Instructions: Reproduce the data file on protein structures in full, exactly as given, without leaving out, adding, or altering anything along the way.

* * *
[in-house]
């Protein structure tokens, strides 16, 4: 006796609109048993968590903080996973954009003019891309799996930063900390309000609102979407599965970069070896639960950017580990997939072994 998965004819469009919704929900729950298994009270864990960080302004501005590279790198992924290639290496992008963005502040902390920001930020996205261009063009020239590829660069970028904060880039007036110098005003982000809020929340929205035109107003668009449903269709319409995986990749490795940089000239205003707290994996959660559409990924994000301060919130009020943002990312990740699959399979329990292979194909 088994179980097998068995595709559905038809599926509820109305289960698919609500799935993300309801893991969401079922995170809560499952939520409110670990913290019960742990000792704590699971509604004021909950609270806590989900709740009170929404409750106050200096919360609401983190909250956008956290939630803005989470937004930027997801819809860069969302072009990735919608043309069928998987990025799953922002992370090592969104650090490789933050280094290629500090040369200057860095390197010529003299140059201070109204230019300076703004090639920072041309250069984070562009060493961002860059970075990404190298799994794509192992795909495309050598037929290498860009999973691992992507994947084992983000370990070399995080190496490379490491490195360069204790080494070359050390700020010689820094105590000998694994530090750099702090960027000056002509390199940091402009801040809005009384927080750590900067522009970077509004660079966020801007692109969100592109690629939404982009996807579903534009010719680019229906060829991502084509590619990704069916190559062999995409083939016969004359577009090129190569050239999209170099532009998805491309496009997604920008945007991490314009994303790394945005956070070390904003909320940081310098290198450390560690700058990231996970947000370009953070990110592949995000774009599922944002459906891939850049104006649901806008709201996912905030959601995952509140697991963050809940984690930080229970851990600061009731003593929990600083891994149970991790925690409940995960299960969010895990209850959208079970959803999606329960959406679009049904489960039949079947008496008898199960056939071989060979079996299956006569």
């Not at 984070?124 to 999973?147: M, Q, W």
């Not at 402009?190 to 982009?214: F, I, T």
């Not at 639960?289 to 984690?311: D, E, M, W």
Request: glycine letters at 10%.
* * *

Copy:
[in-house]
């Protein structure tokens, strides 16, 4: 006796609109048993968590903080996973954009003019891309799996930063900390309000609102979407599965970069070896639960950017580990997939072994 998965004819469009919704929900729950298994009270864990960080302004501005590279790198992924290639290496992008963005502040902390920001930020996205261009063009020239590829660069970028904060880039007036110098005003982000809020929340929205035109107003668009449903269709319409995986990749490795940089000239205003707290994996959660559409990924994000301060919130009020943002990312990740699959399979329990292979194909 088994179980097998068995595709559905038809599926509820109305289960698919609500799935993300309801893991969401079922995170809560499952939520409110670990913290019960742990000792704590699971509604004021909950609270806590989900709740009170929404409750106050200096919360609401983190909250956008956290939630803005989470937004930027997801819809860069969302072009990735919608043309069928998987990025799953922002992370090592969104650090490789933050280094290629500090040369200057860095390197010529003299140059201070109204230019300076703004090639920072041309250069984070562009060493961002860059970075990404190298799994794509192992795909495309050598037929290498860009999973691992992507994947084992983000370990070399995080190496490379490491490195360069204790080494070359050390700020010689820094105590000998694994530090750099702090960027000056002509390199940091402009801040809005009384927080750590900067522009970077509004660079966020801007692109969100592109690629939404982009996807579903534009010719680019229906060829991502084509590619990704069916190559062999995409083939016969004359577009090129190569050239999209170099532009998805491309496009997604920008945007991490314009994303790394945005956070070390904003909320940081310098290198450390560690700058990231996970947000370009953070990110592949995000774009599922944002459906891939850049104006649901806008709201996912905030959601995952509140697991963050809940984690930080229970851990600061009731003593929990600083891994149970991790925690409940995960299960969010895990209850959208079970959803999606329960959406679009049904489960039949079947008496008898199960056939071989060979079996299956006569």
């Not at 984070?124 to 999973?147: M, Q, W």
């Not at 402009?190 to 982009?214: F, I, T």
């Not at 639960?289 to 984690?311: D, E, M, W």
Request: glycine letters at 10%.